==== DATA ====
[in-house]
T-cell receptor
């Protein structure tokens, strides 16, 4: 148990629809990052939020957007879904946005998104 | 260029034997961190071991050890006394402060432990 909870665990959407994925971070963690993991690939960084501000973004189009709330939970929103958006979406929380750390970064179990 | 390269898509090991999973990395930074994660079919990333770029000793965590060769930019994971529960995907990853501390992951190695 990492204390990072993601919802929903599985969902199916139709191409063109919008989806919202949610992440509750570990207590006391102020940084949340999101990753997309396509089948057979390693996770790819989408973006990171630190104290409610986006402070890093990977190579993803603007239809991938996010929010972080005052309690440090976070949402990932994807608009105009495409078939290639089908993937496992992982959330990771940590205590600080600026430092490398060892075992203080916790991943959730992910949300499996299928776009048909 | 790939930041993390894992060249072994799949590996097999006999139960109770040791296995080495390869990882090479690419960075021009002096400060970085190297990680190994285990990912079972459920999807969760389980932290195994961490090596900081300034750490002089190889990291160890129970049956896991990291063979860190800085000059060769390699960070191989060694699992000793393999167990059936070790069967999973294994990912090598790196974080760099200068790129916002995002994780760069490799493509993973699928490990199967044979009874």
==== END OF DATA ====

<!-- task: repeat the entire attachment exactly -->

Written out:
[in-house]
T-cell receptor
């Protein structure tokens, strides 16, 4: 148990629809990052939020957007879904946005998104 | 260029034997961190071991050890006394402060432990 909870665990959407994925971070963690993991690939960084501000973004189009709330939970929103958006979406929380750390970064179990 | 390269898509090991999973990395930074994660079919990333770029000793965590060769930019994971529960995907990853501390992951190695 990492204390990072993601919802929903599985969902199916139709191409063109919008989806919202949610992440509750570990207590006391102020940084949340999101990753997309396509089948057979390693996770790819989408973006990171630190104290409610986006402070890093990977190579993803603007239809991938996010929010972080005052309690440090976070949402990932994807608009105009495409078939290639089908993937496992992982959330990771940590205590600080600026430092490398060892075992203080916790991943959730992910949300499996299928776009048909 | 790939930041993390894992060249072994799949590996097999006999139960109770040791296995080495390869990882090479690419960075021009002096400060970085190297990680190994285990990912079972459920999807969760389980932290195994961490090596900081300034750490002089190889990291160890129970049956896991990291063979860190800085000059060769390699960070191989060694699992000793393999167990059936070790069967999973294994990912090598790196974080760099200068790129916002995002994780760069490799493509993973699928490990199967044979009874």